The thing about saving the mayor’s son from some bad guys looking to do bad things to him was that Clint hadn’t realized it would give him obligations .
Obligations like attending a press conference with the mayor at the hospital where her son was still recovering.
Obligations like attending a special Avengers press conference less than a week later when the entire criminal organization that the kidnappers/bad guys belonged to was taken into custody.
Obligations like the press hounding Clint at his favorite coffee shop. And his favorite pizza place. And his favorite bar.
Obligations like attending a fancy dinner party at the mayor’s house - not Gracie Mansion, but her personal house. Or, rather, her personal penthouse just off Central Park - to celebrate her son’s release from the hospital.
“What the fuck,” Clint growled as he rifled through his closet, “am I supposed to even wear ?”
Natasha, sitting on his bed, most of her attention on her phone - and Clint couldn’t decide if she was checking intel briefings, cracking the net security of some government or playing Candy Crush - didn’t even look up before answering.
“Not that,” she said.
Clint had to double-check what his hand was on - jeans and a black button-up. Jeans without holes in them,even.
“Why not? This is the best thing I have.”
Natasha spared him a glare before returning to her phone.
“What about that op you had in Monte Carlo?”
“Oh, you mean the fancy suits? The ones SHIELD provided? That I kept in my locker at SHIELD HQ in DC? The ones that-”
“Yeah, yeah, burned to the ground, and why didn’t anyone call you to help when we discovered SHIELD was really HYDRA, and we are the worst friends of all time, ever,” Natasha interrupted.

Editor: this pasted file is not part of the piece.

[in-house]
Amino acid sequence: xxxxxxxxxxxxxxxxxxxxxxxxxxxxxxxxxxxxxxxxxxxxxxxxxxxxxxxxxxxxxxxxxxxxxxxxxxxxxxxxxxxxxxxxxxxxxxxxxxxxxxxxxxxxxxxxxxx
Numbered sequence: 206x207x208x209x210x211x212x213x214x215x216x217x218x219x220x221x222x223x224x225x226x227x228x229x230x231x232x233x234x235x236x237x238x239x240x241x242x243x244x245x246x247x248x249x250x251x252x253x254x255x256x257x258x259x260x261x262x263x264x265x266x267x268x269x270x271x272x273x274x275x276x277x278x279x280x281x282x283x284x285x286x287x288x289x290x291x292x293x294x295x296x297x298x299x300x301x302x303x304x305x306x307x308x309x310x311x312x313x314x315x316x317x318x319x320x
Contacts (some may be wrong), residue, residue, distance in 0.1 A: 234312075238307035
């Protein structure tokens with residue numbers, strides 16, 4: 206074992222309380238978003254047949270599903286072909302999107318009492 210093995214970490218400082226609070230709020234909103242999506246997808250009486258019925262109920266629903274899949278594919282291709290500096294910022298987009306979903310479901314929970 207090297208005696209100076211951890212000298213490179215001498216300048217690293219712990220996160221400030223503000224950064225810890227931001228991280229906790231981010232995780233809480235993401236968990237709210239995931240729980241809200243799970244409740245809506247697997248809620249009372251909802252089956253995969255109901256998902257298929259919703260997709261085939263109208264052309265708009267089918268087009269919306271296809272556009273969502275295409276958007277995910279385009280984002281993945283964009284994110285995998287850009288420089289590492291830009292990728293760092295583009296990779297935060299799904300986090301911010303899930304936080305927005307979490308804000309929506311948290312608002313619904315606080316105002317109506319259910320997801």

Clint glared at her, but Natasha just smirked, attention still on her phone.
With a sigh, Clint turned back to his closet and stared.
Why did he have so many hoodies - okay, there was never too many hoodies, so that’s why he had so many - and so many jeans that looked like they belonged on the reject heap of ‘too distressed’ for some fashion house or something.
“Come on,” Natasha said after letting him give up all hope.
“Where are we going?” Clint asked as she got up from the bed and put away her phone.
“Shopping. It’s not every day you get forced to go to a dinner celebrating your awesomeness. You need to look the part.”
Clint didn’t bother to protest. For one, Natasha didn’t take no for an answer when there was something she wanted or felt one of her people needed. For another, Clint could admit - at least to just himself - that going shopping with Natasha was one of their few shared pleasures that involved civilians and didn’t involve alcohol or copious amounts of caffeine.
So, he went without complaint to the Brioni store on Madison Avenue and kept his mouth shut while Natasha put both the sales staff and Clint to work trying on outfit after outfit.
Eventually, Natasha settled on a navy suit that, despite not being tailored, fit Clint’s shoulders, biceps, ass and thighs so well that it sure felt like it was custom made. She paired it with a light blue dress shirt and insisted that he did not need a tie - even going so far as to unbutton the top button of the shirt to give Clint a look that felt somewhere between immaculate and casual. She gave him a look when he suggested wearing his beat-up purple Converse with the suit, and instead pointed to a pair of brown leather ankle boots.
It was only then , as Clint zipped up the boots, that he saw the price tags.
$1600 for the boots.
$3950 for the suit.
$625 for the shirt.
“Natasha, this is-”
“Worth it,” she interrupted him, and handed over a Chase Sapphire card that Clint knew was linked to one of the Avengers accounts.
He glared at her, but she brushed imaginary lint from his lapel and adjusted the collar of his shirt.
“It’s a good thing you were wearing socks and underwear today,” she said.
“Yeah, or else we’d be spending another three grand,” Clint groused.
She rolled her eyes at him.